Civil Service: build selective action
By a PCS member
THE civil service union PCS and the postal workers’ union CWU have separate national disputes over low pay, below inflation pay offers, massive job losses, and privatisation/outsourcing. Despite national action by both unions it is clear that the Brown Government has no intention of making any meaningful concessions to either union.
Right now the Treasury is clearing the annual pay settlements for the myriad devolved civil service bargaining units. All are guaranteed to mean civil servants receiving less than the rate of inflation in 2007. Members in DTI have been served notice of compulsory redundancies. “Meaningful consultation”, the statutory 90 day period prior to declaring compulsory redundancies, has been entered into in DWP, DEFRA and FCO, affecting hundreds of PCS members.
CWU Deputy General Secretary Dave Ward was right to say that “if Gordon Brown, John Hutton and other members of the Government will not put pressure on Royal Mail management to negotiate that must mean they are backing them 100%.” The fact is the Government is essentially the “single shareholder” and has pushed “liberalisation” of the postal services further and faster than other EU countries knowing full well that will eventually break up the universal postal service, drive down wages, and cost jobs.
Two unions in national dispute over remarkably similar issues. Yet, to date the unions have not issued an unequivocal statement they will be coordinating their future industrial action.
On 14 June, at a public meeting in London, PCS General Secretary Mark Serwotka stated that he had agreed with Billy Hayes and Dave Ward of the CWU that, if the PCS and CWU disputes remain unresolved, they would publicly announce that they would meet together to examine how they might coordinate action.
On 29 June Mark Serwotka wrote to Billy Hayes offering solidarity to CWU members, “Together we are stronger and I look forward to meeting you… to discuss how we can campaign together on these issues of common cause.”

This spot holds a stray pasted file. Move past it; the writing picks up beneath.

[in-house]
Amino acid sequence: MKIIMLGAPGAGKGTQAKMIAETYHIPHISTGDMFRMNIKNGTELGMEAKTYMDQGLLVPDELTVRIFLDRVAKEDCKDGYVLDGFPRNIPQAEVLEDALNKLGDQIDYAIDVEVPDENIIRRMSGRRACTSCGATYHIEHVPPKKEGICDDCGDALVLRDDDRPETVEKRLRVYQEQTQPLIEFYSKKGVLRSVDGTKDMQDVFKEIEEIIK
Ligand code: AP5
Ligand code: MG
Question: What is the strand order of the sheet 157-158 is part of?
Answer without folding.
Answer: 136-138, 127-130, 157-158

PCS and CWU activists should pressurise their respective union leaderships to announce unequivocal plans that will ensure that “together we are stronger” is a fighting slogan that will defend members of both unions. Minimally the would-be-Marxist-led PCS should announce that at least some of its action will coincide with that of the CWU.
The PCS has launched what they describe as “…the widest consultation in the union’s history, giving members the chance to have their say on the next steps of the campaign…”
PCS activists should be arguing for public sector trade union unity but for PCS in any case to take further industrial action including:
• Further national action;
• ‘Targeted action”, coordinating areas in local dispute;
• A voluntary national levy and full strike pay to support selective industrial action i.e. the union to take out key workers to further hurt the employer.
Clearly the Government does not feel sufficiently deterred by national two one day strikes in six months. Unfortunately the union leadership, including the Socialist Party and SWP Executive members, is very hostile to the whole notion of selective action and rules it out on principle.
The “Independent Left” in PCS however sees a role for selective action. We want as much mass action as possible. However, whilst the leadership’s standard practice is to have a day of national action then let several months elapse before the next, we want to fill the gaps with action that hurts the employer. Selective action fits that bill.
Selective action means taking out key offices/sections for short periods, long enough to hurt, short enough to prevent the employer setting up a mechanism to work around the action. We do not advocate taking out one workplace for months on end, and irrespective of its strategic position — a failed tactic tried in the past by the leaders of the Executive.
Yet the PCS leadership counterposes selective action to national action, as if they are incompatible. They argue it will cost too much money and be sat out and worked around by the employer.
The Executive have the memory of a dispute in the DWP over the introduction of screen firmly imprinted on their mind. Individual DWP offices struck for extended periods, without a proper judgement of their strategic position in the work process, and spent over £7 million. Instead of learning lessons from the DEFRA selective action pay campaign of a few years ago (which the dominant political forces on the Executive had no responsibility for and which was won), the NEC leadership counter-poses a negative experience. The proposal is to call out strategically placed members in a “hit and run” campaign linked to national and targeted action to prevent a sense of isolation. Of course selective action will cost money but then the NEC should have instituted an all members’ voluntary levy.
If selective action is not to be allowed then the PCS campaign will need a great deal more national action, and more frequently, to win our just demands on jobs, pay and services. However the leadership does not believe it is capable of delivering that level of national action. Such a judgement is not unreasonable — it has to be based on the feedback from membership meetings. But dogmatically ruling out selective action is a mistake members should call on the Executive to rectify.